How Does Christian Religious Affiliation Influence Therapists' Beliefs about Sexual Orientation and Competence Working with Lesbian, Gay, and Bisexual Clients
Waldack, Sara Jane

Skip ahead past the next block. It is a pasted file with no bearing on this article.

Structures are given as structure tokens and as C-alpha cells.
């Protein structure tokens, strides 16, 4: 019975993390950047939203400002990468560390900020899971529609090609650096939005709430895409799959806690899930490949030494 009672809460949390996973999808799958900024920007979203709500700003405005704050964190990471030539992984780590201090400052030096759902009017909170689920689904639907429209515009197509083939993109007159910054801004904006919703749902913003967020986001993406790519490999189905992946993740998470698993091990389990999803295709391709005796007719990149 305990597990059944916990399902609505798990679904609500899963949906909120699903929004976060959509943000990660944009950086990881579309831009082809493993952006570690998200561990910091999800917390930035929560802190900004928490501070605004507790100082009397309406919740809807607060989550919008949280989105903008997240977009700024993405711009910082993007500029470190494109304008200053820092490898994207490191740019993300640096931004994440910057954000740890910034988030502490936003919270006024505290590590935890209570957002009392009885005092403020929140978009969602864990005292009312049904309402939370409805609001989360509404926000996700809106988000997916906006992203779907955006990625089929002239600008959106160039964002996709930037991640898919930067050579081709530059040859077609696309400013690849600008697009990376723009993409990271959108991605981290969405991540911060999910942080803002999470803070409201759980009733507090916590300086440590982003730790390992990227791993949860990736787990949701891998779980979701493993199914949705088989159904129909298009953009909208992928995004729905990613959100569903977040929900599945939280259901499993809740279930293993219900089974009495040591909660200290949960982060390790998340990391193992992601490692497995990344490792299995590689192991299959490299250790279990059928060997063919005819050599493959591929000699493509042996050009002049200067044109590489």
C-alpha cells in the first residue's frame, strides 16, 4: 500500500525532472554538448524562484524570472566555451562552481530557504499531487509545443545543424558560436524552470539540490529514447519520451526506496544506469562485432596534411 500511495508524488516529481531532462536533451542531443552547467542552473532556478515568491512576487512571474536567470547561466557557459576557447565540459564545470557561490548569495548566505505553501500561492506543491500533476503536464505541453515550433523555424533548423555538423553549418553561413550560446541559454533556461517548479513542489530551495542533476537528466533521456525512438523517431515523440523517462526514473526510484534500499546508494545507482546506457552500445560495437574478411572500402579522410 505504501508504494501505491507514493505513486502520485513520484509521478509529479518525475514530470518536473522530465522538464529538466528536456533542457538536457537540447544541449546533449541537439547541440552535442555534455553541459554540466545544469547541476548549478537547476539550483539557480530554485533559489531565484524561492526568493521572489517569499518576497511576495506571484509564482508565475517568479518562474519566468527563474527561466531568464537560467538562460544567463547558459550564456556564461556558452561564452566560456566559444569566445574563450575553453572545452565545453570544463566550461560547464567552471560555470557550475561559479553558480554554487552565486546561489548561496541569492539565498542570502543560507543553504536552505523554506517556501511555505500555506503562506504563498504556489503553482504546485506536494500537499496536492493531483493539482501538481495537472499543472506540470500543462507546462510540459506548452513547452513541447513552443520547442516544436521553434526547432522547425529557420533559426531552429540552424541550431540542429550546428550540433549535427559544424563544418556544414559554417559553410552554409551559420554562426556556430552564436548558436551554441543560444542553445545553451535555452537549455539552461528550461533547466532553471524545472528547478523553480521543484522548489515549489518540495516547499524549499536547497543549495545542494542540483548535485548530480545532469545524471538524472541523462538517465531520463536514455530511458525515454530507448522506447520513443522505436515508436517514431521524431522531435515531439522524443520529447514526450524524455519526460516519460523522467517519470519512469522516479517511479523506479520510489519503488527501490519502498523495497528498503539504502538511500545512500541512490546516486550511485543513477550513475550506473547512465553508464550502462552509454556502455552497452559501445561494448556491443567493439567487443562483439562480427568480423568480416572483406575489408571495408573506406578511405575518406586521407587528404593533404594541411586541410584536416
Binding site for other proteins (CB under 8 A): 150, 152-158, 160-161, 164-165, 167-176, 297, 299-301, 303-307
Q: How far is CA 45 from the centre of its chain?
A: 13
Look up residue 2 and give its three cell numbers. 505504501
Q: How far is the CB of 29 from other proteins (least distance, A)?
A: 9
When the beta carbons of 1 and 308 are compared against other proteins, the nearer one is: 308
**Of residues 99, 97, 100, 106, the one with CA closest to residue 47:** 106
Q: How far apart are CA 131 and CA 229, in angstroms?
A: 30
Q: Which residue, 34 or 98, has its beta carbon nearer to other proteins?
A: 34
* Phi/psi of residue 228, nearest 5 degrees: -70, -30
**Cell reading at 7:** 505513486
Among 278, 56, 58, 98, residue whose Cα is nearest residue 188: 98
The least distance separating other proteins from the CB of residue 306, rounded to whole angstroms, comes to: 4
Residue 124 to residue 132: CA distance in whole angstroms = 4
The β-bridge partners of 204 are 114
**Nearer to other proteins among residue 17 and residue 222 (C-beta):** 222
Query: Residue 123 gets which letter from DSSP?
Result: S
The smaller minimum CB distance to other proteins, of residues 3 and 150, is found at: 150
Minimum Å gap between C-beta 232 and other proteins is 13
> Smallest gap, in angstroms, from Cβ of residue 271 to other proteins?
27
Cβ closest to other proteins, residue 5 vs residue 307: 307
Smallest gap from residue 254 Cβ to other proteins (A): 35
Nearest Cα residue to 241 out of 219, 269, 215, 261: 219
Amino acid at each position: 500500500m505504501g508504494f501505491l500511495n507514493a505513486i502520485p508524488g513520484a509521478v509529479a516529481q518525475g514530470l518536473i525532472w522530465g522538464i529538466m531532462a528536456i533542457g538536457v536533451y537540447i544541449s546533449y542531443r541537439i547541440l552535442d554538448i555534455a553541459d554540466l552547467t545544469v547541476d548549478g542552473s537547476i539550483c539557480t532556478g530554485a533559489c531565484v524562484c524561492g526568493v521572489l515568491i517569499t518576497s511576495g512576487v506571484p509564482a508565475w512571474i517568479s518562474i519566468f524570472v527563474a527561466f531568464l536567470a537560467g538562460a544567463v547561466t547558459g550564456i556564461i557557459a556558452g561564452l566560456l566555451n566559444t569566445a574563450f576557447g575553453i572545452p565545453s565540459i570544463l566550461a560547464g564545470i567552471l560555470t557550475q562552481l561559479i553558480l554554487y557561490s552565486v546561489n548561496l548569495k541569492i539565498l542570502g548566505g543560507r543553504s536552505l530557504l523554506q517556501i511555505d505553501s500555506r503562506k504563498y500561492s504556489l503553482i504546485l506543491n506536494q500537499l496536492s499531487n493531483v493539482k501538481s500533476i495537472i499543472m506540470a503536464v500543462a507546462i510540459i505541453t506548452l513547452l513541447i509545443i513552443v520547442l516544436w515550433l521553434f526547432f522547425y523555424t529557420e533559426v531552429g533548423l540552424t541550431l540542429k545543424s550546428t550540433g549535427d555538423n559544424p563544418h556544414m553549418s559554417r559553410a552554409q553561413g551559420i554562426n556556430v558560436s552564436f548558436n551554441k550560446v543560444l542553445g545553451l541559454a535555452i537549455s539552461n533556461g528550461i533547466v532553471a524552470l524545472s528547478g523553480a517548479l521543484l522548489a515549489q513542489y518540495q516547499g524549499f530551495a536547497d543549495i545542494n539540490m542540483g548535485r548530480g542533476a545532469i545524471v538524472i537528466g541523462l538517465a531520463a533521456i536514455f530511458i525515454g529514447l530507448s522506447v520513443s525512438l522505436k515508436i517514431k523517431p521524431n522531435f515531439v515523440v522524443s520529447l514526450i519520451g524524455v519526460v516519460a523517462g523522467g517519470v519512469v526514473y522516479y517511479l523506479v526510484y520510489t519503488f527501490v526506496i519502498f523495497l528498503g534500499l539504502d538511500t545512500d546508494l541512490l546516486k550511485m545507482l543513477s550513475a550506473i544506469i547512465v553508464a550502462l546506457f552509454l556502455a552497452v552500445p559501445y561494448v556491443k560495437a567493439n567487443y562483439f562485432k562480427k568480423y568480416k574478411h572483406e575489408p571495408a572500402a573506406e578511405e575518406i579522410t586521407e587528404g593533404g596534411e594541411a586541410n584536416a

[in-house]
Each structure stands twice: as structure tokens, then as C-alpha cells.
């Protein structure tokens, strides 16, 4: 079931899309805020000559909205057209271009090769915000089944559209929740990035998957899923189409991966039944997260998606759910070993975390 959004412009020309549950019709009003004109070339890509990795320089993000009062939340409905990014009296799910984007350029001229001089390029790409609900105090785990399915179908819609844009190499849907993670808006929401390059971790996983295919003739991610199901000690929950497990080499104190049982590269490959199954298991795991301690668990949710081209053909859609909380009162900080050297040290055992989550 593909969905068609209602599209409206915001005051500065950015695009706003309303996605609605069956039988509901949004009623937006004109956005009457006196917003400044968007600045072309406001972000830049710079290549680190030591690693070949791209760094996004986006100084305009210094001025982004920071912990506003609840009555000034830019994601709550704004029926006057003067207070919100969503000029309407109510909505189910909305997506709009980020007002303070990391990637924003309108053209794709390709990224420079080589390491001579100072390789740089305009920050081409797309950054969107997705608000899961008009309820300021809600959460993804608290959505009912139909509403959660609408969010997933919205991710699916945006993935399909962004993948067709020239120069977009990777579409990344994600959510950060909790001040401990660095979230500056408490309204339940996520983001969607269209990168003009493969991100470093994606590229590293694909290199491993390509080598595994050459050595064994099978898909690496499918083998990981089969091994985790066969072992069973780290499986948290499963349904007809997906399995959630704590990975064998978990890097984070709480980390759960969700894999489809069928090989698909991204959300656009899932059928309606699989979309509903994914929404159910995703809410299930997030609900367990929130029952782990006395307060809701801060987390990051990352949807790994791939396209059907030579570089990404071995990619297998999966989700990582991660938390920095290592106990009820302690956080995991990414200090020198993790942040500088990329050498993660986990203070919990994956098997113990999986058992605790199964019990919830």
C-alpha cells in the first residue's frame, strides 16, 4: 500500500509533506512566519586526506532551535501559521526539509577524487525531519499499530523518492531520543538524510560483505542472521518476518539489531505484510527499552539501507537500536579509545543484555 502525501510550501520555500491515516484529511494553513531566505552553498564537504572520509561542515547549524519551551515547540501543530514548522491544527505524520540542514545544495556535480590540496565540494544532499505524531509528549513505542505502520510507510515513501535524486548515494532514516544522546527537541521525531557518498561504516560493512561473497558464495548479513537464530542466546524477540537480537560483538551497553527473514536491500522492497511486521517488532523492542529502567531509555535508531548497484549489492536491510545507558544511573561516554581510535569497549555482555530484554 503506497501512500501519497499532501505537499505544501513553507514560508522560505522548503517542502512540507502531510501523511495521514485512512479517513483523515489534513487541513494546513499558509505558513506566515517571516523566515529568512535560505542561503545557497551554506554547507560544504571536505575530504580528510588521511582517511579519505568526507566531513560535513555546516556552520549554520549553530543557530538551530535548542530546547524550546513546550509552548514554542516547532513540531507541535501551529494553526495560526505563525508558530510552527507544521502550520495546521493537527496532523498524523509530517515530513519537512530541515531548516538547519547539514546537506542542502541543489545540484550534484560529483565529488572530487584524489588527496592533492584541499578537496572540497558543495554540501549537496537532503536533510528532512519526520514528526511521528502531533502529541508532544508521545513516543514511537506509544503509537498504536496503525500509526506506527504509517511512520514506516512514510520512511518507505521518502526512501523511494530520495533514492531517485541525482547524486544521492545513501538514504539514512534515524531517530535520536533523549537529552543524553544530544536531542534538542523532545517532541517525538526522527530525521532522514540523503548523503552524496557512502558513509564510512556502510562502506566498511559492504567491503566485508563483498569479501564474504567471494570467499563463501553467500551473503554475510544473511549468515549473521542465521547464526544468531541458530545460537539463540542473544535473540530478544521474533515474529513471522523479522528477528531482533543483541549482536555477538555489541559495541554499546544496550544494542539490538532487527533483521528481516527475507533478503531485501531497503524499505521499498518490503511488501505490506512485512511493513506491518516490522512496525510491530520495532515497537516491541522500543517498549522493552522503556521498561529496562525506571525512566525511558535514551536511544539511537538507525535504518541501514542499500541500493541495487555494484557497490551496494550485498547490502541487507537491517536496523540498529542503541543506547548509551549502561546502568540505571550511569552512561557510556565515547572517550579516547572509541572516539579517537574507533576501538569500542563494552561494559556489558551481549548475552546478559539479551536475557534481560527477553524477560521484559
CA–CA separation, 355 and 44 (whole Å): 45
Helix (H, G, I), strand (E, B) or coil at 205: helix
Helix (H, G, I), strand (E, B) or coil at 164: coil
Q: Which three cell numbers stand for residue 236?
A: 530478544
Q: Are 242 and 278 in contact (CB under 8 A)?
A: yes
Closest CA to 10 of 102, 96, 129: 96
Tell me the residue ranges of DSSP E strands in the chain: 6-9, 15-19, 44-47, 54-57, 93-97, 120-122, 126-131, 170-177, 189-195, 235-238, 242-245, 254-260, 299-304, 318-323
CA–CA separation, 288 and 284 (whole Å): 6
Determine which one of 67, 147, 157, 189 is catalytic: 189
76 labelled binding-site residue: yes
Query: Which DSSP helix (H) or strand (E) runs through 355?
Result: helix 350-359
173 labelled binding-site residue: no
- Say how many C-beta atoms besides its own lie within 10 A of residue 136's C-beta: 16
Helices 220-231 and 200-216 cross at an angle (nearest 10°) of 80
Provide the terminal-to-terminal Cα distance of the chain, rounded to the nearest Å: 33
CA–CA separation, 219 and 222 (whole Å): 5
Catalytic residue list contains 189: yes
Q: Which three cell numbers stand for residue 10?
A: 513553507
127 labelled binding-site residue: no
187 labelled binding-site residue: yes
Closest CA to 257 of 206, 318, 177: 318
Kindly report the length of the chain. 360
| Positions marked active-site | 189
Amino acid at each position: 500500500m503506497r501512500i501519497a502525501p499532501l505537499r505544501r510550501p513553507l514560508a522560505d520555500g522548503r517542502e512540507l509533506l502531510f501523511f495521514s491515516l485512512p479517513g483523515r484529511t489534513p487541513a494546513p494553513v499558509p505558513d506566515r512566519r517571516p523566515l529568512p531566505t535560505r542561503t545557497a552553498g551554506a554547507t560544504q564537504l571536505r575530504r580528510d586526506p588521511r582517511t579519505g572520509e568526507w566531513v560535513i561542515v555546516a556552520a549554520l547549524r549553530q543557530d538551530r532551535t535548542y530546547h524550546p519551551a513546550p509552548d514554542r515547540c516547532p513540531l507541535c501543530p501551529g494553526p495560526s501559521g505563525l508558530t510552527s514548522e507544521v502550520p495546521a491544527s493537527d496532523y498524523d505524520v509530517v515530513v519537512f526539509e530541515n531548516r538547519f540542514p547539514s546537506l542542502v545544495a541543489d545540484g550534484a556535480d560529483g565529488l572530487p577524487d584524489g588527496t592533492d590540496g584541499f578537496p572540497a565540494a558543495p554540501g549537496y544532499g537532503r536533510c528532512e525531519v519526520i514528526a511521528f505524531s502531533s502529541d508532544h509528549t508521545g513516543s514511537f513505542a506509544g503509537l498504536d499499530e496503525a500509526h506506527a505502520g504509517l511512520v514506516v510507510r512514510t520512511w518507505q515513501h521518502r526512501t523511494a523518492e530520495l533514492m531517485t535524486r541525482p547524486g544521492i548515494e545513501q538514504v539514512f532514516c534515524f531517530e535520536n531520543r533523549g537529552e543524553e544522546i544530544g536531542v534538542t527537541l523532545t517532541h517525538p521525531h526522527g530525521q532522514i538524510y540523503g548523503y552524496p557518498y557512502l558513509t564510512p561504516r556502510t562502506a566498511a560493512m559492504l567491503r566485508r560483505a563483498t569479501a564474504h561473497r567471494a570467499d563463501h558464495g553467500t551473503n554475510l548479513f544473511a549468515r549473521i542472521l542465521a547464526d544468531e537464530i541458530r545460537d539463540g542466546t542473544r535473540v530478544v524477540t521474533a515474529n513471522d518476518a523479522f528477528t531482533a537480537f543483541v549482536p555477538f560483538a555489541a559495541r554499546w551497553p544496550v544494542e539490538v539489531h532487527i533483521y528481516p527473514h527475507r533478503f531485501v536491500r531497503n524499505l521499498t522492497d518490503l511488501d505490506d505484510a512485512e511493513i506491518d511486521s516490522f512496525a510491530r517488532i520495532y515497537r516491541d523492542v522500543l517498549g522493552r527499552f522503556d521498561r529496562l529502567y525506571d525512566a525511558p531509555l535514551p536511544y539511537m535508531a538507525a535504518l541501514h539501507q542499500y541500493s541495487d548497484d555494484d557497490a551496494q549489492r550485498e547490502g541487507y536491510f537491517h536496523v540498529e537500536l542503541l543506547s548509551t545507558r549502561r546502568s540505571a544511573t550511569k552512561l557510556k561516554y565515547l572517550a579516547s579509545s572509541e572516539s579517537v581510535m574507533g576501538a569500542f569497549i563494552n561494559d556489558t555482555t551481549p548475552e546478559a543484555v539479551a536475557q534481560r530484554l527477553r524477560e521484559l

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This study explored the relationship between therapists' religious affiliation, their beliefs about sexual orientation in general and about lesbian and gay clients in particular. Specifically, therapists' who self-identified as belonging to one of the three most prevalent religious denominations in the United States, which include; the Roman Catholic Church, the Southern Baptist Church, and the United Methodist Church. This study utilized an existing data set consisting of 759 participants who were clinical members of the American Association of Marriage and Family Therapy (AAMFT). In general participants reported relatively low levels of homophobia. Overall, participants reported that they somewhat agree to agree that they feel competent working with LGB clients. In general participants were supportive of AAMFT's position statements regarding equality for same-sex couples and families. Overall, participants reported that reparative therapy is unethical. In general participants reported that it is ethical to refer clients based solely on their sexual orientation.